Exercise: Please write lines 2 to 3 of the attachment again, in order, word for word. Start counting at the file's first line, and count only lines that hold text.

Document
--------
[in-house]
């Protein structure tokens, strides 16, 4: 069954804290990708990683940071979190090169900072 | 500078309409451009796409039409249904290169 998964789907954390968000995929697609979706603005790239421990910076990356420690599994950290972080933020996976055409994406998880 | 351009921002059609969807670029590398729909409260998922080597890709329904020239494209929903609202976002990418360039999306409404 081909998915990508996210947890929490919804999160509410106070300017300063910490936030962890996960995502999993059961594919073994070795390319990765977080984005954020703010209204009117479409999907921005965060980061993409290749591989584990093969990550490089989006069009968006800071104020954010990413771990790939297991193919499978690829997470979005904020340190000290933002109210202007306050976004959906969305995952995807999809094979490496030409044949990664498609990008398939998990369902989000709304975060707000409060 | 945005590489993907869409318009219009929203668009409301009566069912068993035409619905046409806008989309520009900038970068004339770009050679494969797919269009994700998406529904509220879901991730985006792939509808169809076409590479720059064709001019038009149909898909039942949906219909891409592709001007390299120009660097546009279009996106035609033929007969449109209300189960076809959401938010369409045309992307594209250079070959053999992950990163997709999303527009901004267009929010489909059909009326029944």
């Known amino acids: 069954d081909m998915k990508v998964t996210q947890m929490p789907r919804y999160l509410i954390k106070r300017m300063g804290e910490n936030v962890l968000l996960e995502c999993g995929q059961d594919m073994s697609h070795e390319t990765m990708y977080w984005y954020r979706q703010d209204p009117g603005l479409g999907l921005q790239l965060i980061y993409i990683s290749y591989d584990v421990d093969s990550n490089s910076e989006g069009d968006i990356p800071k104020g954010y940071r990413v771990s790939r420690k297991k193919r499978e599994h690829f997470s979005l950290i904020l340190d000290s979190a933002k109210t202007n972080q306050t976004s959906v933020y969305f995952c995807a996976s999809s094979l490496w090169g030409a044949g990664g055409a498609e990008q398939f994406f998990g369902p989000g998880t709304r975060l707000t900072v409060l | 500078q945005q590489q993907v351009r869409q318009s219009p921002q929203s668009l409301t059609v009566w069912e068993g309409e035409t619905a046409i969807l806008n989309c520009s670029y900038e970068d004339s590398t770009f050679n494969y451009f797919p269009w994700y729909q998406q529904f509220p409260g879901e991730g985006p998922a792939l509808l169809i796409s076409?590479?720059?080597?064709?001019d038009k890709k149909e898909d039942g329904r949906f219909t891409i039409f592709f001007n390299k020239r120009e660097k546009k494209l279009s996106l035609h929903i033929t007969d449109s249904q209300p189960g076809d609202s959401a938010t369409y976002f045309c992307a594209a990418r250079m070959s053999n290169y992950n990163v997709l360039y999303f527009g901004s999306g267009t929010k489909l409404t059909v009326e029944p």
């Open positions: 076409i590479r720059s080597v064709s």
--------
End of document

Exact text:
């Protein structure tokens, strides 16, 4: 069954804290990708990683940071979190090169900072 | 500078309409451009796409039409249904290169 998964789907954390968000995929697609979706603005790239421990910076990356420690599994950290972080933020996976055409994406998880 | 351009921002059609969807670029590398729909409260998922080597890709329904020239494209929903609202976002990418360039999306409404 081909998915990508996210947890929490919804999160509410106070300017300063910490936030962890996960995502999993059961594919073994070795390319990765977080984005954020703010209204009117479409999907921005965060980061993409290749591989584990093969990550490089989006069009968006800071104020954010990413771990790939297991193919499978690829997470979005904020340190000290933002109210202007306050976004959906969305995952995807999809094979490496030409044949990664498609990008398939998990369902989000709304975060707000409060 | 945005590489993907869409318009219009929203668009409301009566069912068993035409619905046409806008989309520009900038970068004339770009050679494969797919269009994700998406529904509220879901991730985006792939509808169809076409590479720059064709001019038009149909898909039942949906219909891409592709001007390299120009660097546009279009996106035609033929007969449109209300189960076809959401938010369409045309992307594209250079070959053999992950990163997709999303527009901004267009929010489909059909009326029944």
């Known amino acids: 069954d081909m998915k990508v998964t996210q947890m929490p789907r919804y999160l509410i954390k106070r300017m300063g804290e910490n936030v962890l968000l996960e995502c999993g995929q059961d594919m073994s697609h070795e390319t990765m990708y977080w984005y954020r979706q703010d209204p009117g603005l479409g999907l921005q790239l965060i980061y993409i990683s290749y591989d584990v421990d093969s990550n490089s910076e989006g069009d968006i990356p800071k104020g954010y940071r990413v771990s790939r420690k297991k193919r499978e599994h690829f997470s979005l950290i904020l340190d000290s979190a933002k109210t202007n972080q306050t976004s959906v933020y969305f995952c995807a996976s999809s094979l490496w090169g030409a044949g990664g055409a498609e990008q398939f994406f998990g369902p989000g998880t709304r975060l707000t900072v409060l | 500078q945005q590489q993907v351009r869409q318009s219009p921002q929203s668009l409301t059609v009566w069912e068993g309409e035409t619905a046409i969807l806008n989309c520009s670029y900038e970068d004339s590398t770009f050679n494969y451009f797919p269009w994700y729909q998406q529904f509220p409260g879901e991730g985006p998922a792939l509808l169809i796409s076409?590479?720059?080597?064709?001019d038009k890709k149909e898909d039942g329904r949906f219909t891409i039409f592709f001007n390299k020239r120009e660097k546009k494209l279009s996106l035609h929903i033929t007969d449109s249904q209300p189960g076809d609202s959401a938010t369409y976002f045309c992307a594209a990418r250079m070959s053999n290169y992950n990163v997709l360039y999303f527009g901004s999306g267009t929010k489909l409404t059909v009326e029944p």